(21.2) Wèi Jì 衛覬 [Bórú 伯儒]

Wèi Jì appellation Bórú was a Hédōng Ānyì man. When young he was early to mature, and for his talent and learning was praised. Tàizǔ recruited him to the Excellency of Work staff, sent him out as Màolíng Magistrate and Secretariat Cadet. Tàizǔ campaigned against Yuán Shào, and Liú Biǎo acted as [Yuán] Shào’s support, and Guānzhōng’s various Generals also stood neutral. Yì Province Governor Liú Zhāng with [Liú] Biǎo had rift, and Jì as Managing Documents Attendant Censor was sent to Yì Province, to order [Liú] Zhāng to send down troops to tie down [Liú] Biǎo’s army. He reached Cháng’ān, the roads were not passable, Jì could not advance, and therefore remained to defend Guānzhōng.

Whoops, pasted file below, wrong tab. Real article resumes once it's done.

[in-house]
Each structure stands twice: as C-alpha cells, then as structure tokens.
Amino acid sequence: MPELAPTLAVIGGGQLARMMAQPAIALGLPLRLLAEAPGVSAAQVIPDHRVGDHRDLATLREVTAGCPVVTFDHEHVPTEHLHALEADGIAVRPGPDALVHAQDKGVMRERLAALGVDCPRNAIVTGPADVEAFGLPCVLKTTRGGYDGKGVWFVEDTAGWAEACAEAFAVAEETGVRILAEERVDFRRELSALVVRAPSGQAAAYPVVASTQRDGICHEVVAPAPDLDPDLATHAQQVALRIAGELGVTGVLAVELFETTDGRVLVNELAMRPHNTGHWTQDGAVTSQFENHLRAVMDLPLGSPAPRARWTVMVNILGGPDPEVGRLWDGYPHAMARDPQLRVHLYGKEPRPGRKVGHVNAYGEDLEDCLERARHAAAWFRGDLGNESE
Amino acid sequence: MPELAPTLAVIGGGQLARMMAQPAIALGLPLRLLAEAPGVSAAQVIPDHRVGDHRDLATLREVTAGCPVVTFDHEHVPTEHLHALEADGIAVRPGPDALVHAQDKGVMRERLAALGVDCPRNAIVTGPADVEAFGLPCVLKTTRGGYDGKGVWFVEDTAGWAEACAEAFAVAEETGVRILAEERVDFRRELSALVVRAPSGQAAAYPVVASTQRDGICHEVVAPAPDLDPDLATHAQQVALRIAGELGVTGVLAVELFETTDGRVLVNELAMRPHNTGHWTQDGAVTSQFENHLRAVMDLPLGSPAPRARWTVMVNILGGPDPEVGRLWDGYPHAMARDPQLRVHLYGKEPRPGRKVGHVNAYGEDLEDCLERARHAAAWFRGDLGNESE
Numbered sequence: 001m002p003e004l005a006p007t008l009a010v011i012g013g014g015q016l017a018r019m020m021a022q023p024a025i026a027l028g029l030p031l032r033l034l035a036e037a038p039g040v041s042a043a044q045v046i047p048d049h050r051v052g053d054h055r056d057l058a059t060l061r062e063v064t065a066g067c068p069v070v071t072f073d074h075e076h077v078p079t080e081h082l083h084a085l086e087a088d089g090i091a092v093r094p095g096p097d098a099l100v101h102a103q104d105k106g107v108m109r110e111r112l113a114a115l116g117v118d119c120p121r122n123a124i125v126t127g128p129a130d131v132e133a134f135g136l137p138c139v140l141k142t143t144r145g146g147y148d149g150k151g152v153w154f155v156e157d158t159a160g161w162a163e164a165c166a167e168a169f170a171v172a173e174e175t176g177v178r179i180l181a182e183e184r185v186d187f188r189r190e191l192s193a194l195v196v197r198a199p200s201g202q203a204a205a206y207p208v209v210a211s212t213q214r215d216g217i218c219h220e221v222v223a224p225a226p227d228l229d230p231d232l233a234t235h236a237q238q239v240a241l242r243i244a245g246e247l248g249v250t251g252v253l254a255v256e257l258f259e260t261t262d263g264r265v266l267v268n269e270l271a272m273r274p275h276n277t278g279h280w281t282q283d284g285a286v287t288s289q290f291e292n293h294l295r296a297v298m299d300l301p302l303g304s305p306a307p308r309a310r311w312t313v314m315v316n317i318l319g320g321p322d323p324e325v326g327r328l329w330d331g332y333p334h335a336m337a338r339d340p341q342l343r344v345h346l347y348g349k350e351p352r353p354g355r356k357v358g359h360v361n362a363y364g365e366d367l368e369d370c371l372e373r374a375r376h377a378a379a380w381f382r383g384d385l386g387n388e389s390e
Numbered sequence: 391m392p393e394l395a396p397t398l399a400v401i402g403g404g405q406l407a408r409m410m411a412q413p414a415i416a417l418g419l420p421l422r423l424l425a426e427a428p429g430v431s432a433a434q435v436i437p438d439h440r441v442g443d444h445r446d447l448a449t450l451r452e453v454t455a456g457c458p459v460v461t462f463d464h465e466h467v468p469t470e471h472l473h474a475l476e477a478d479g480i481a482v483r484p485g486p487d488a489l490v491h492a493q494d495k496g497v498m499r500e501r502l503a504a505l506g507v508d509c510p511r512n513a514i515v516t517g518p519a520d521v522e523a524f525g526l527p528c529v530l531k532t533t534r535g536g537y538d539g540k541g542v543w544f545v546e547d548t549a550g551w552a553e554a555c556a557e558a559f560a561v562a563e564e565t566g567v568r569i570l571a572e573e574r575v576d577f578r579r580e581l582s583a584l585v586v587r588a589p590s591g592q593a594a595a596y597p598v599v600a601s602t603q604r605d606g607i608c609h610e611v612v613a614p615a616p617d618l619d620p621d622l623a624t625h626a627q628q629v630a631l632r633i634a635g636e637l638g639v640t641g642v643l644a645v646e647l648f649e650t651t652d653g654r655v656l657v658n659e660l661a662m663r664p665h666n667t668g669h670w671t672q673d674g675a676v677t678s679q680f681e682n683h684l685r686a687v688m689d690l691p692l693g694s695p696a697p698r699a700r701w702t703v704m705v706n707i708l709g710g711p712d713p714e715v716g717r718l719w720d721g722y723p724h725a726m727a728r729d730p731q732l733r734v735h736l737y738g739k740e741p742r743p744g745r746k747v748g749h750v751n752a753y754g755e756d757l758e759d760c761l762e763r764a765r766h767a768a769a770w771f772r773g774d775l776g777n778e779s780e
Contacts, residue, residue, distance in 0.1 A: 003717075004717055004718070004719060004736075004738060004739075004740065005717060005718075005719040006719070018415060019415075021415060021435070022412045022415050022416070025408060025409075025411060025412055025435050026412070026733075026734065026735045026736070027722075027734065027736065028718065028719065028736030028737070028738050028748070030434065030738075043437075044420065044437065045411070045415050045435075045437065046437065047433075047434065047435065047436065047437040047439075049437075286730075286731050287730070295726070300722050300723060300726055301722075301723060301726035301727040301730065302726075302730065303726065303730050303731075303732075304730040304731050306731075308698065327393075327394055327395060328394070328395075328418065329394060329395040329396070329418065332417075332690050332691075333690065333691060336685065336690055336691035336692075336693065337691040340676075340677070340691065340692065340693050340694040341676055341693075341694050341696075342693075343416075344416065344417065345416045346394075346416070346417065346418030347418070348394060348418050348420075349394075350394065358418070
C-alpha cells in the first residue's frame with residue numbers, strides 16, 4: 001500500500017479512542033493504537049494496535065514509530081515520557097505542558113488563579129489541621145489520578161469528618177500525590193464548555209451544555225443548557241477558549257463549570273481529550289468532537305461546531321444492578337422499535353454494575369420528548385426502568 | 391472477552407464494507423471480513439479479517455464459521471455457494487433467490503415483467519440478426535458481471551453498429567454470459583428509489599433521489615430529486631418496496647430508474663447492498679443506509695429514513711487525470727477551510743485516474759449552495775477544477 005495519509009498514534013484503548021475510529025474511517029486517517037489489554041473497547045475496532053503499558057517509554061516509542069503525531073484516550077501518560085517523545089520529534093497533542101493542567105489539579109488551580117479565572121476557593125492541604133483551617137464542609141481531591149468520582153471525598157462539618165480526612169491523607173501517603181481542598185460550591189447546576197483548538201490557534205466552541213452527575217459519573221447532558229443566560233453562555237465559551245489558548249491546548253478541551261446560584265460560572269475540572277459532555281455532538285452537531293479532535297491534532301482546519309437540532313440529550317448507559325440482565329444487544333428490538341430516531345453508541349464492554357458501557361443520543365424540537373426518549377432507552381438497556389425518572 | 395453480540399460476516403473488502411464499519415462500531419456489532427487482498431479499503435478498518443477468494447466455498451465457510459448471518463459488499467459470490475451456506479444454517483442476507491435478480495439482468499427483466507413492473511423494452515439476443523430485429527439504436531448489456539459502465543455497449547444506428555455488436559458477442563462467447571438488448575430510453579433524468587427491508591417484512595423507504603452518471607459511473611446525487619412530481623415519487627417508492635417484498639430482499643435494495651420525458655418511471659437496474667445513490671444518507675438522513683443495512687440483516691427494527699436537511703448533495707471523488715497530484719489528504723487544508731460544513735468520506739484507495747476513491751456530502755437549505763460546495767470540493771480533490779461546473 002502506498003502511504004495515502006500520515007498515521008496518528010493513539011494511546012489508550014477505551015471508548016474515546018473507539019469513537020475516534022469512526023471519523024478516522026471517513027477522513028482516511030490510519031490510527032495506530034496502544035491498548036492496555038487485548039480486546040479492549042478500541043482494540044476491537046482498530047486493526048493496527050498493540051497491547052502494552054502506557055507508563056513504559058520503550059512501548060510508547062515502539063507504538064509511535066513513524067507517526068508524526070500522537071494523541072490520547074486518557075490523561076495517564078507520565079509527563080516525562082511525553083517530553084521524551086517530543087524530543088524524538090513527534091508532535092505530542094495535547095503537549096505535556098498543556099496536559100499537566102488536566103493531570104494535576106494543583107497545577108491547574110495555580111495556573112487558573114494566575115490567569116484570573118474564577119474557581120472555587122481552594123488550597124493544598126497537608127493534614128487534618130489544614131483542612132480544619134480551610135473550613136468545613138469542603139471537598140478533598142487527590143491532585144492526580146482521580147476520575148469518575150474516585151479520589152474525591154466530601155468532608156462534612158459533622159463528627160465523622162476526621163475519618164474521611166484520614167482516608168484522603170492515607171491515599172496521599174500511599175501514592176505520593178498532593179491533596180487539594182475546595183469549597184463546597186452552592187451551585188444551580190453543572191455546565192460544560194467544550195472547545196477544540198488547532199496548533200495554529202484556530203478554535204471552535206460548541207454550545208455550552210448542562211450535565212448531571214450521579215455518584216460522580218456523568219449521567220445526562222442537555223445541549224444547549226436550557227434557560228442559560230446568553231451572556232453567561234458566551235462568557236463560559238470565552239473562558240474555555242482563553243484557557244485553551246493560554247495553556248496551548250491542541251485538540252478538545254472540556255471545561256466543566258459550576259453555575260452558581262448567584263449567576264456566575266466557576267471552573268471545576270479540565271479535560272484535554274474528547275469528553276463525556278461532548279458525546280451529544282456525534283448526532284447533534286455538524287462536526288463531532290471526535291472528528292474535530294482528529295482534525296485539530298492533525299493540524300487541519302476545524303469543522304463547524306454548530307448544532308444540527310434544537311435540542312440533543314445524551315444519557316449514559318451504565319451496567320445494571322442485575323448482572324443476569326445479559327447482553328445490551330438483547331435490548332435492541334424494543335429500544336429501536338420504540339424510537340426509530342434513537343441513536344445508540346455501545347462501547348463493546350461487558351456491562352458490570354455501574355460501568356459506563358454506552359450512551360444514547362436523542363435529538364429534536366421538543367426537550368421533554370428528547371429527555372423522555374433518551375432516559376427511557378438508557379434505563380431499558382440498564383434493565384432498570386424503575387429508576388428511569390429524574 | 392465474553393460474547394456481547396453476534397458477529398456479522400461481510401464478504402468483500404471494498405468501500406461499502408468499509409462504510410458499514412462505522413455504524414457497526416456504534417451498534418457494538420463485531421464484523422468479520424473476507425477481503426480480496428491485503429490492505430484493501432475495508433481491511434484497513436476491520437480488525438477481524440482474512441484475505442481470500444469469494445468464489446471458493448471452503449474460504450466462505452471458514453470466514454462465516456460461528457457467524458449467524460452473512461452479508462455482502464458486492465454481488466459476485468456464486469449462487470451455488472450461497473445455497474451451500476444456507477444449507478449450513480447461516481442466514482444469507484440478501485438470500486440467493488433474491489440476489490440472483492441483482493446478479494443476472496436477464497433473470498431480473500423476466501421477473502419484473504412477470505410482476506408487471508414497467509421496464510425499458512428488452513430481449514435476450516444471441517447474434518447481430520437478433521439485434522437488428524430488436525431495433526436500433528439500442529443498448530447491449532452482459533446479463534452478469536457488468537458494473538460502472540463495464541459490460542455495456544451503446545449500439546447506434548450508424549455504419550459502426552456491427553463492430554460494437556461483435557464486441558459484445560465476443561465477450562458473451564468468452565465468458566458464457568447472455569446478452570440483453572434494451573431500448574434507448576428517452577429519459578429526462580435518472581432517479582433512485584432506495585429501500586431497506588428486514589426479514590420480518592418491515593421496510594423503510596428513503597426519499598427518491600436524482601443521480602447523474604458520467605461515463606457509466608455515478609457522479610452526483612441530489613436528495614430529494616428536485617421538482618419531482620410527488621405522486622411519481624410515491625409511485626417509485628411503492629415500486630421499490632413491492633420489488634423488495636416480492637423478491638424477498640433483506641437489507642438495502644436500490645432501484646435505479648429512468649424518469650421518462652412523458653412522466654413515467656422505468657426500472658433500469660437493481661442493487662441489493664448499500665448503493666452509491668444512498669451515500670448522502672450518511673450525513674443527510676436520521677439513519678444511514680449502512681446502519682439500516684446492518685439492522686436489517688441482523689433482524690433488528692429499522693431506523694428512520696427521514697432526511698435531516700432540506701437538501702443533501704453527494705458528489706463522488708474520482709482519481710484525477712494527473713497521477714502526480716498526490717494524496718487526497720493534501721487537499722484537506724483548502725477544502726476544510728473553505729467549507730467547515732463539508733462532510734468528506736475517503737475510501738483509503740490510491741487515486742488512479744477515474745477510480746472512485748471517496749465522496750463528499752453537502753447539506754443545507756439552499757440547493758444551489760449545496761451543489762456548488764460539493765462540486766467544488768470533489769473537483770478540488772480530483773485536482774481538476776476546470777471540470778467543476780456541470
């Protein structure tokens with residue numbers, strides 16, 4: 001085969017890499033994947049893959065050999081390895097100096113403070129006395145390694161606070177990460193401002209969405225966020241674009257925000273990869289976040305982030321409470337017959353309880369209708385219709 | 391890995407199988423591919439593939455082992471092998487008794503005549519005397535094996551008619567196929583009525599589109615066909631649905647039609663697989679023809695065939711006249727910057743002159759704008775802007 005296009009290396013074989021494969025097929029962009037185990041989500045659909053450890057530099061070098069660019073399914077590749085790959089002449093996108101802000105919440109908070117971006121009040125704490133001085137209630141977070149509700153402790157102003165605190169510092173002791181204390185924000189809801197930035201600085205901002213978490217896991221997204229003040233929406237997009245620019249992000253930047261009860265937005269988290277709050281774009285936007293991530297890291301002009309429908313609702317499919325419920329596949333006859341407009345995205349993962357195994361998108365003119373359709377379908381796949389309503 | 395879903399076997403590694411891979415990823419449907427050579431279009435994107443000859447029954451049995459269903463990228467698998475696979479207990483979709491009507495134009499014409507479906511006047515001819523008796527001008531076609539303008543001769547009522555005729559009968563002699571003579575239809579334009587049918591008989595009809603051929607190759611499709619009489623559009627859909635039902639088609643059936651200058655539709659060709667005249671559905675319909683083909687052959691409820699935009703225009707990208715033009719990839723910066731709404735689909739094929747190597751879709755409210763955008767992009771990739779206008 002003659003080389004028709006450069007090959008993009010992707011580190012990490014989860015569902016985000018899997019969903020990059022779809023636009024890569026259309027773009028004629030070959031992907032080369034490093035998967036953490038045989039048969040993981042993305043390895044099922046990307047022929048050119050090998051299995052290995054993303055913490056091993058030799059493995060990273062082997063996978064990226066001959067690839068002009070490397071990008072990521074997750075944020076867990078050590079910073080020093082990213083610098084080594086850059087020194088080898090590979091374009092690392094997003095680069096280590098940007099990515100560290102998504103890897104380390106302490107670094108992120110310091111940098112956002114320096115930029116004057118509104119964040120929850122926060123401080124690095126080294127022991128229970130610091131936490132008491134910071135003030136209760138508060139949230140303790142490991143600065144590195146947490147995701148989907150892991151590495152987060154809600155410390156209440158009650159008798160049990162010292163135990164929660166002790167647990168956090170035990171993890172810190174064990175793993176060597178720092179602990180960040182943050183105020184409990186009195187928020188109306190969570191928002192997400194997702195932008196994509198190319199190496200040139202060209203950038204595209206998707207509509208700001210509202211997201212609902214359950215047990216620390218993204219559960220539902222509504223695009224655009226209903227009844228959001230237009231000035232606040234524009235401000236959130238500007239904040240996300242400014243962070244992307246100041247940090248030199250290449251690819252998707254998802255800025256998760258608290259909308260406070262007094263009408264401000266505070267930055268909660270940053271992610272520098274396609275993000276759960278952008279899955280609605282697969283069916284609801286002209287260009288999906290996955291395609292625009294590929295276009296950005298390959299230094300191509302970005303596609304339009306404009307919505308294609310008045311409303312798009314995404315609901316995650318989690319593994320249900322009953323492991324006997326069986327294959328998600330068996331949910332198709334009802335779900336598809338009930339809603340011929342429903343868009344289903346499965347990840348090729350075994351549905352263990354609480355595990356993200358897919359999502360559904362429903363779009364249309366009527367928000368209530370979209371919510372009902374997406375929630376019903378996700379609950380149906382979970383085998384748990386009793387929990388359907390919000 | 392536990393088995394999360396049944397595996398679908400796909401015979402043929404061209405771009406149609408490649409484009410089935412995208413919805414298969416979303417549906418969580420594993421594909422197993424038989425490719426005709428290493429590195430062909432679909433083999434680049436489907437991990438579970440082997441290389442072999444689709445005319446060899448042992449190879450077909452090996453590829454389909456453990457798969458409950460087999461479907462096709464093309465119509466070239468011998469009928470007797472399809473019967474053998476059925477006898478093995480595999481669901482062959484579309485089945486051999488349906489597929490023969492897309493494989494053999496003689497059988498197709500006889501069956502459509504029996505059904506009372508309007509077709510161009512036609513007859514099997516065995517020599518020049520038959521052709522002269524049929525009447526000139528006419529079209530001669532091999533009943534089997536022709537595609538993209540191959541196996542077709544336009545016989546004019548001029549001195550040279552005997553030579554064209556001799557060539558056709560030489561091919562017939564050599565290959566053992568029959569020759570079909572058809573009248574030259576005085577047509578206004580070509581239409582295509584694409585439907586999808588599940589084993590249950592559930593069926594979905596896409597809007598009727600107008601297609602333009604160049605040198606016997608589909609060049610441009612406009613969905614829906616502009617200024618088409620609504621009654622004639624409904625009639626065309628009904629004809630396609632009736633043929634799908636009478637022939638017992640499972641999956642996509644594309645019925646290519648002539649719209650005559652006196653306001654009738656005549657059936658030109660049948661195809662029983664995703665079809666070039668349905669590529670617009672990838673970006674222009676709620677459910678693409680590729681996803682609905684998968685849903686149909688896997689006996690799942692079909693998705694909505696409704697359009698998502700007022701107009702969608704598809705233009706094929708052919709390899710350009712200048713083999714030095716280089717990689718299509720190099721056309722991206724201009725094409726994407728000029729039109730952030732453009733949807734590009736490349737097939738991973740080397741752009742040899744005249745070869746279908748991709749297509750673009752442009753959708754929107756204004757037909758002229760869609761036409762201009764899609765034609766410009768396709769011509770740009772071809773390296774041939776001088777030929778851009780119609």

At the time across the Four Quarters there was great return of people, and Guānzhōng’s various Generals often recruited them as retainers. Jì’s letter to Xún Yù said: “Guānzhōng is rich fertile land, recently encountered disaster and chaos, the people that fled into Jīng Province are over a hundred thousand families, have heard their homeland has calmed, and all hope and think of returning. But those that return have nothing to support themselves, the various Generals each compete to recruit and absorb them, making them retainers. The prefectures and counties are poor and weak, and cannot with them fight, and the soldier groups are therefore powerful. If in one morning there is a change, there will certainly be a later worry. Salt is the state’s great treasure, but since the chaos it is scattered and lost, and it is appropriate to like before install envoy to supervise its trade, and with the resulting profit trade plowing oxen. If there are returning people, this can provide for them. Industriously plowing and accumulating grain, to prosper and develop Guānzhōng. Distant people will hear of it, and certainly day and night contend to return. Also if sending a Colonel Director of Retainers to remain and govern Guānzhōng as its master, then the various Generals will be daily weakened, the officials and people daily strengthened, and this is the benefit of using strong foundations against weak enemies.”